The Castaic SBS Sardine aka the Castaic Sardine has been around for quite some time now. My first recollection of seeing them for sale was somewhere around 1999. There are two sizes available these days, a 4” model and a 7” model. The 7” is available in 14 colors and the 4” is available in 12 colors. Both baits come stock with a single black nickel hook.
I first became aware of the Castaic Sardine not in relation to freshwater bass fishing but in relation to saltwater fishing. My old fishing buddy Brian #1 used to use the 7” sardine for inshore white seabass fishing and he did really well on it. I always felt like the bait was priced kind of high for saltwater use but the baits really do work on the ocean critters and seabass especially seem like the the 7” sardine patterns.
Years later I started to hear more about the Castaic Sardine but this time it was in relation to freshwater bass. What people figured out was that the 7” bait was a great minnow / hitch imitator, especially up at Clear Lake, CA. Even more recently I’ve been hearing good things about the Castaic Sardine as an imitator of blueback herring which are apparently becoming more prevalent in some of the East Coast lakes. So when you pick up a Castaic Sardine you really have some options in regards to what you can imitate with it, it’s just a fishy shape and size that predator fish anywhere are going to respond to whether it’s fresh water or salt.
When the Sardine first came out there were just a few colors available and they were basically saltwater colors. The green shad was a good bet for bass but there just weren’t many options. Recently though, there have been some additions to the color line up and there’s a decent trout color now along with an ayu and a ghost shiner color. I like these new color options, they look good!
Let’s talk price and durability for a moment. The 7” Sardine retails for around $8 and the 4” goes for $5. Even though these baits aren’t very big the pricing isn’t unreasonable for a 3-D injected bait with hand paint. You aren’t going to catch a ton of fish per bait but on freshwater bass you’ll get 5-8 fish per bait on average. If you use a treble hook on the belly of the bait it will tear up the belly quickly, but the main body and top hook are pretty solid.
Which brings me to a discussion of hookup ratio. On any bait I always consider… what percentage of bites are going to find their way to the boat? With the Castaic Sardine, that percentage should be pretty high. The baits are thin all around and they are soft enough that when a fish sucks one in, the lure will fold up in the fish’s mouth. If you don’t use a treble on the belly you might get some fish jumping off the hook but with a small treble like a #2 or #4 Gamakatsu 2x strong you’ll get some solid hookups on the Sardine.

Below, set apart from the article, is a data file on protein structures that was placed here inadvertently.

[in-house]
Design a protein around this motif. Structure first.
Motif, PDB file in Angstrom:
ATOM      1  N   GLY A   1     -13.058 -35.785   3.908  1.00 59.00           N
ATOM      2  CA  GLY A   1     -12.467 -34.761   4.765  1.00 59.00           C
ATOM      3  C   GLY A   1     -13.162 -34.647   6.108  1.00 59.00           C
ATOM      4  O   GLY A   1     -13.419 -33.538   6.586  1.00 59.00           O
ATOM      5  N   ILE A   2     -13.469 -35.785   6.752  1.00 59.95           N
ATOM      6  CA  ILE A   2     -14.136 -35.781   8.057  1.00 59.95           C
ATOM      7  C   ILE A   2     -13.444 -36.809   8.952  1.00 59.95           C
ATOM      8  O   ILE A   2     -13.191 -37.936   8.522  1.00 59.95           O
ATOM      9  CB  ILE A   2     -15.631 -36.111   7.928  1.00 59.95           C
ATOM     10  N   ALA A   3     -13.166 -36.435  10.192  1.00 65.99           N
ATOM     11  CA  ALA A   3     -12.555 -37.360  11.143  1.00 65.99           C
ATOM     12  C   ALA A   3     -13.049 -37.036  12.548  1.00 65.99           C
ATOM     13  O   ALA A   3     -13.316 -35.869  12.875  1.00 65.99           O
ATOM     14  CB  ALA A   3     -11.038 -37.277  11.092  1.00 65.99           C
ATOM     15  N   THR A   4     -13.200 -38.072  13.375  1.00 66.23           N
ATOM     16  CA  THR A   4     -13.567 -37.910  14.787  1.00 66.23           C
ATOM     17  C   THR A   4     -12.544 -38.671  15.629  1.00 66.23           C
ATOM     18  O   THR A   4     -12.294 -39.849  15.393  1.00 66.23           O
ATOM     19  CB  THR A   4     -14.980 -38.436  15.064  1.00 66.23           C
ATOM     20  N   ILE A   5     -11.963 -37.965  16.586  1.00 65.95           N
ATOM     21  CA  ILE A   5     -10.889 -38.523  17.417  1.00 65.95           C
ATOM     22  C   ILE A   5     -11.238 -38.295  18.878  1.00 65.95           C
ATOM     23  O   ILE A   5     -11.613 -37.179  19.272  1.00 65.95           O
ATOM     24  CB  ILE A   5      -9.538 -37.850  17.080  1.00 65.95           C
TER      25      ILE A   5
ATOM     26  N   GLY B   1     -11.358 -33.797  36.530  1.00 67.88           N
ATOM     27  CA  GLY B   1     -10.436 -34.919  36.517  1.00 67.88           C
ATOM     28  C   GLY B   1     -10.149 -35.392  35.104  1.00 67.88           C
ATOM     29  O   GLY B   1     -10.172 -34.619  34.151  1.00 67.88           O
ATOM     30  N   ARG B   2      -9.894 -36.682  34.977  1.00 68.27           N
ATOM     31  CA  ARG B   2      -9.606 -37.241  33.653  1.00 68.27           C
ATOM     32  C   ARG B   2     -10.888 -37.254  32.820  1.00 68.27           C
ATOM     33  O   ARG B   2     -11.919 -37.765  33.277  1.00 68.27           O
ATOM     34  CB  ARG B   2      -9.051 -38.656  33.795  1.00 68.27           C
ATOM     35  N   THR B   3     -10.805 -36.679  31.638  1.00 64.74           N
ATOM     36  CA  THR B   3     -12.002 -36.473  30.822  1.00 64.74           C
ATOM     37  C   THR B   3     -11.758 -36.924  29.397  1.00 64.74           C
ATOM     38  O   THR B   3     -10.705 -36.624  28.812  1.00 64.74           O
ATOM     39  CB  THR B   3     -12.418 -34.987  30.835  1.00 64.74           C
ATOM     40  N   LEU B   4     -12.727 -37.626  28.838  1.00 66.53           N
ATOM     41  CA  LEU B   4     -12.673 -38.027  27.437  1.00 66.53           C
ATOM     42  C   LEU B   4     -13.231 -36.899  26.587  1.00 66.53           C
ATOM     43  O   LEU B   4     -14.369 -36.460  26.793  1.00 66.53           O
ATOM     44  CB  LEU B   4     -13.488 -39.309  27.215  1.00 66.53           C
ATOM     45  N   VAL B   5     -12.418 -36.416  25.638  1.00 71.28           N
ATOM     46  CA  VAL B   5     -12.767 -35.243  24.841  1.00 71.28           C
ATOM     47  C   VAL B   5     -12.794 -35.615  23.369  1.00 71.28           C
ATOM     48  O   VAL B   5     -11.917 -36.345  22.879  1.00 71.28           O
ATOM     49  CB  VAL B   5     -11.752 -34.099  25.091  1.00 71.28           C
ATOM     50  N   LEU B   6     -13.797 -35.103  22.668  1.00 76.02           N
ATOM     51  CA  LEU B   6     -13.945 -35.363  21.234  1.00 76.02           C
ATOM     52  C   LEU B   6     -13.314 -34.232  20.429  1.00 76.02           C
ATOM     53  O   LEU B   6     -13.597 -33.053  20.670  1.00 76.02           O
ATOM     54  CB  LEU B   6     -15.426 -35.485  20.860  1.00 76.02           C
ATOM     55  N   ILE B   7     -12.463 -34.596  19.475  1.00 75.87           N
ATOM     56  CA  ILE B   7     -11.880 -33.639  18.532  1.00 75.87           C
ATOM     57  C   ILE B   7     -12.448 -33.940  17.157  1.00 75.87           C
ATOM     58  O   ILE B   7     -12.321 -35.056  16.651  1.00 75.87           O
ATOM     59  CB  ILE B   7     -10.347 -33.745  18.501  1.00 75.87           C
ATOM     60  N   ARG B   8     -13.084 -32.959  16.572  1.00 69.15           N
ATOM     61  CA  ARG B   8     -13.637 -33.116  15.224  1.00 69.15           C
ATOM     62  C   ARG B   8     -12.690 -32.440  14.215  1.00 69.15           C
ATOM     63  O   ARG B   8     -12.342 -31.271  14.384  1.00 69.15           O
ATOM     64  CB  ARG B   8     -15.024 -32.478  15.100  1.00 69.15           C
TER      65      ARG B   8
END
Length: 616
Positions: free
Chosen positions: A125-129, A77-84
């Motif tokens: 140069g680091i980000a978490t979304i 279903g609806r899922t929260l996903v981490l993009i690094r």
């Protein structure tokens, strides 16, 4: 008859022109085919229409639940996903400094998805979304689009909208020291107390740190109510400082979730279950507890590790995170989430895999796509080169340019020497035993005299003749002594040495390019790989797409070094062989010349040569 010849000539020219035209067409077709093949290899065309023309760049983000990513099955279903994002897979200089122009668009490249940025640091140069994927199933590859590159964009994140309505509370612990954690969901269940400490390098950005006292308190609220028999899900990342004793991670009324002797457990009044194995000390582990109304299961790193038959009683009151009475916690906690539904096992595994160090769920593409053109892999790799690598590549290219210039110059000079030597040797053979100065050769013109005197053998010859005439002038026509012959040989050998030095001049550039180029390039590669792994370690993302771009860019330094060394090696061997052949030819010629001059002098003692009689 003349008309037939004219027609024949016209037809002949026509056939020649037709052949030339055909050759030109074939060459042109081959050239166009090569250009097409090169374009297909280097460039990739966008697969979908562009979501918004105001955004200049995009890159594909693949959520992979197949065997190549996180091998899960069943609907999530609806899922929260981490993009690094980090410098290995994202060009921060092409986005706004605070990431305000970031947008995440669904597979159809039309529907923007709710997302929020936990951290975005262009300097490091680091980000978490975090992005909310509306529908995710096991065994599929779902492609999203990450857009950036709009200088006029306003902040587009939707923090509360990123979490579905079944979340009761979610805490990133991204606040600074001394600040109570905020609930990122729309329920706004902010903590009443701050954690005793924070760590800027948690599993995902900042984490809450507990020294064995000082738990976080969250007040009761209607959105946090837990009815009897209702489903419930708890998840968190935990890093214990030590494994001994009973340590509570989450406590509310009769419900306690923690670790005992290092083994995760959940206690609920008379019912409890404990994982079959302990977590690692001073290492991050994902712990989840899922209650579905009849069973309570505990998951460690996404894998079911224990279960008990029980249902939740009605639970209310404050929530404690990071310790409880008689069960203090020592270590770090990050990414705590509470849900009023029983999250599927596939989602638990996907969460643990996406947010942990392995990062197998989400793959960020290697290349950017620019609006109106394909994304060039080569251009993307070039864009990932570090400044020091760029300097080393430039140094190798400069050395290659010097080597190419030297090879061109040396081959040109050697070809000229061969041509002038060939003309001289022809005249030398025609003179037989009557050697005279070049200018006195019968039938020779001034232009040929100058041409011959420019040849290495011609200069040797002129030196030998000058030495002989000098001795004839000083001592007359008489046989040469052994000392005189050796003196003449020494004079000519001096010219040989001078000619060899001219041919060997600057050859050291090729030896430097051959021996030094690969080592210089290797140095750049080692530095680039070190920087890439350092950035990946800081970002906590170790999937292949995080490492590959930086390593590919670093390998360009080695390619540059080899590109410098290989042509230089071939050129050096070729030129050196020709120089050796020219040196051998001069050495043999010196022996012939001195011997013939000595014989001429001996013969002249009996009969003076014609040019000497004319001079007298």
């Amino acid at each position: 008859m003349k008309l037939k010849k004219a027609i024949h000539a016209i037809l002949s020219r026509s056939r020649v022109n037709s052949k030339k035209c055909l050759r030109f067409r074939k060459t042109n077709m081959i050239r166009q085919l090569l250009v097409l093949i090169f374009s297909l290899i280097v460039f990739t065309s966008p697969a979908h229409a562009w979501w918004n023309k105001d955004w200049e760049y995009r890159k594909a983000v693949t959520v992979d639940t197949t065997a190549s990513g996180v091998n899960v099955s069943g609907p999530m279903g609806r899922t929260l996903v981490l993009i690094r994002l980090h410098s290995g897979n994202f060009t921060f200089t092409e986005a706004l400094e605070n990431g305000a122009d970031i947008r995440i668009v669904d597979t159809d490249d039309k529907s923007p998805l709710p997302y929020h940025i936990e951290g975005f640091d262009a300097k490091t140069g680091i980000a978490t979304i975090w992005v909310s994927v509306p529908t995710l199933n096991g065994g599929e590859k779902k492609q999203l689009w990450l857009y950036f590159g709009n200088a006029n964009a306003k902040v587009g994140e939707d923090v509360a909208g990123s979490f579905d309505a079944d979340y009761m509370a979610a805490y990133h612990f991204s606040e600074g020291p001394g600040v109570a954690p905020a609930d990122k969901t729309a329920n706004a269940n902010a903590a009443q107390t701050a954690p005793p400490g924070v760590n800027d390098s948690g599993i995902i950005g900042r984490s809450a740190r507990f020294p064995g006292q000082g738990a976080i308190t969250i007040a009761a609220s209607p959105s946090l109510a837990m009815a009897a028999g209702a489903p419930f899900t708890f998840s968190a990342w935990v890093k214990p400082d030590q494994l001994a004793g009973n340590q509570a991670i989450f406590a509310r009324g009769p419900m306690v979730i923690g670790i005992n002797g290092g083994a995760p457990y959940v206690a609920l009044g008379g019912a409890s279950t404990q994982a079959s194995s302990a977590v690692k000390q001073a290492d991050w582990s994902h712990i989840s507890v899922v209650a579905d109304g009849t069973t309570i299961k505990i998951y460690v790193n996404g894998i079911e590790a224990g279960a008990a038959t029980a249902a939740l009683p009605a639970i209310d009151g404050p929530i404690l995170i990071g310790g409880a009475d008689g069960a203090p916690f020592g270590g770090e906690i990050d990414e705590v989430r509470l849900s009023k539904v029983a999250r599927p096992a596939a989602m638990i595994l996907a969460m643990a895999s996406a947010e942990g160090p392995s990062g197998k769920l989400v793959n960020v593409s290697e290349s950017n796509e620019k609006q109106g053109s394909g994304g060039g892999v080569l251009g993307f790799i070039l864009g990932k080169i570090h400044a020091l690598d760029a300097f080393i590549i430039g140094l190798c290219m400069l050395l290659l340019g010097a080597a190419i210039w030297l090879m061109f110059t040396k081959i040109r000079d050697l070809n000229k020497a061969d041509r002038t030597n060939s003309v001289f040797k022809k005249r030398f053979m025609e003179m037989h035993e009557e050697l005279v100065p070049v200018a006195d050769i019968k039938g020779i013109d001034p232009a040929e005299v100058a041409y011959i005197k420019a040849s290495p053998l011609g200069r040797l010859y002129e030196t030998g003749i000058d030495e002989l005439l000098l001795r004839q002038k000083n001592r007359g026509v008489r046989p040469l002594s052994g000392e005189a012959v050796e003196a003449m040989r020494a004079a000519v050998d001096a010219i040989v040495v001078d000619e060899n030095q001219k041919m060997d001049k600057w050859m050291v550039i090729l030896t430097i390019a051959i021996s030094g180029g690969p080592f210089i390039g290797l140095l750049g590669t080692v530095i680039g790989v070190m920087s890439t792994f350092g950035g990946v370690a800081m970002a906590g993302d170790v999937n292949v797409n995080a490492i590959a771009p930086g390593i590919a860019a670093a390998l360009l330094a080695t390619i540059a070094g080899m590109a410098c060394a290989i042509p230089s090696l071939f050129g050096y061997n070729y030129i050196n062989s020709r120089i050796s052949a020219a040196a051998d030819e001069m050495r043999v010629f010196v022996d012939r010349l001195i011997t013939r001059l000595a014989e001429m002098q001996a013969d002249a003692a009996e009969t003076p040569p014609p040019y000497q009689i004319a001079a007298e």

As far as depth and retrieve go, the Castaic Sardine naturally runs down in the 5-10 foot range if you make a cast and then immediately start a medium retrieve. You can easily sink it out deeper or you can burn it up close to the surface. My baits have tracked straight out of the package although they do get a little squirrelly at high speeds. It’s a solid swimmer all around though.
I’m not going to slam the Castaic Sardine too hard since it’s an $8 lure but some of the baits you get really are not molded very well. I’ve looked through packs of baits on the shelf before and seen nearly every one of them with one half the nose longer than the other half. You’ll also see baits with a lot of paint overspray on them and with plastic “frills” around the edges of the mold. The defects are pretty much cosmetic and don’t seem to affect the lure’s swimming action but it can make the baits look kind of junky.
The only other thing I don’t really like about the Castaic Sardine is the top hook. It would be so nice to see a Mustad Ultrapoint hook on this bait but instead it’s a matte black fairly dull hook of indeterminate brand. It’s a reasonably sharp hook but I’d always check it before fishing and run a file over it if it’s not feeling sharp enough.